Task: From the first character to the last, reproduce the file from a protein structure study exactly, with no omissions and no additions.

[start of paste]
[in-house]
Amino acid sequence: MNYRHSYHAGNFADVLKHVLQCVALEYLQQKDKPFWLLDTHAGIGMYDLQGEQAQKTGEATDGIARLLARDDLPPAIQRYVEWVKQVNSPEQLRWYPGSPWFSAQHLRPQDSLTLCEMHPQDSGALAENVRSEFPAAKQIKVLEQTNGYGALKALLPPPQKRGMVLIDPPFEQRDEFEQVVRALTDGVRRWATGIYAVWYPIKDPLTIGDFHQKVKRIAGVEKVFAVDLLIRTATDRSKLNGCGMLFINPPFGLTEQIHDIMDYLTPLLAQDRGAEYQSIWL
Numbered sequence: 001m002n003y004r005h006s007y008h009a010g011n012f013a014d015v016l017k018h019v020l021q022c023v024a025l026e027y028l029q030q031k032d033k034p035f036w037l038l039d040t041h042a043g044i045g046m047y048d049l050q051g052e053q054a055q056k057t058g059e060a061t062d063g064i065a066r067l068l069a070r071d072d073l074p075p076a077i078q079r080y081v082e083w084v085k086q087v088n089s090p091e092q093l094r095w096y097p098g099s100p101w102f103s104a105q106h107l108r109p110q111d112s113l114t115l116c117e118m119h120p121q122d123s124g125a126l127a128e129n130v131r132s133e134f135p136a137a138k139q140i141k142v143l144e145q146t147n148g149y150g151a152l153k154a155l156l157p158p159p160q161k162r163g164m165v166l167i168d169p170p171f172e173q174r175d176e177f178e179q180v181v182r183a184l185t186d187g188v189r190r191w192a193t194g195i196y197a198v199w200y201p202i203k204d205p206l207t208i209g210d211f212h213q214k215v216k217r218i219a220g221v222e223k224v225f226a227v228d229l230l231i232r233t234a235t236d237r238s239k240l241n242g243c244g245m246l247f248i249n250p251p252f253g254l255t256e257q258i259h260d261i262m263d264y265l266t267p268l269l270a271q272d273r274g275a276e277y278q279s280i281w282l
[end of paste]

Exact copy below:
[in-house]
Amino acid sequence: MNYRHSYHAGNFADVLKHVLQCVALEYLQQKDKPFWLLDTHAGIGMYDLQGEQAQKTGEATDGIARLLARDDLPPAIQRYVEWVKQVNSPEQLRWYPGSPWFSAQHLRPQDSLTLCEMHPQDSGALAENVRSEFPAAKQIKVLEQTNGYGALKALLPPPQKRGMVLIDPPFEQRDEFEQVVRALTDGVRRWATGIYAVWYPIKDPLTIGDFHQKVKRIAGVEKVFAVDLLIRTATDRSKLNGCGMLFINPPFGLTEQIHDIMDYLTPLLAQDRGAEYQSIWL
Numbered sequence: 001m002n003y004r005h006s007y008h009a010g011n012f013a014d015v016l017k018h019v020l021q022c023v024a025l026e027y028l029q030q031k032d033k034p035f036w037l038l039d040t041h042a043g044i045g046m047y048d049l050q051g052e053q054a055q056k057t058g059e060a061t062d063g064i065a066r067l068l069a070r071d072d073l074p075p076a077i078q079r080y081v082e083w084v085k086q087v088n089s090p091e092q093l094r095w096y097p098g099s100p101w102f103s104a105q106h107l108r109p110q111d112s113l114t115l116c117e118m119h120p121q122d123s124g125a126l127a128e129n130v131r132s133e134f135p136a137a138k139q140i141k142v143l144e145q146t147n148g149y150g151a152l153k154a155l156l157p158p159p160q161k162r163g164m165v166l167i168d169p170p171f172e173q174r175d176e177f178e179q180v181v182r183a184l185t186d187g188v189r190r191w192a193t194g195i196y197a198v199w200y201p202i203k204d205p206l207t208i209g210d211f212h213q214k215v216k217r218i219a220g221v222e223k224v225f226a227v228d229l230l231i232r233t234a235t236d237r238s239k240l241n242g243c244g245m246l247f248i249n250p251p252f253g254l255t256e257q258i259h260d261i262m263d264y265l266t267p268l269l270a271q272d273r274g275a276e277y278q279s280i281w282l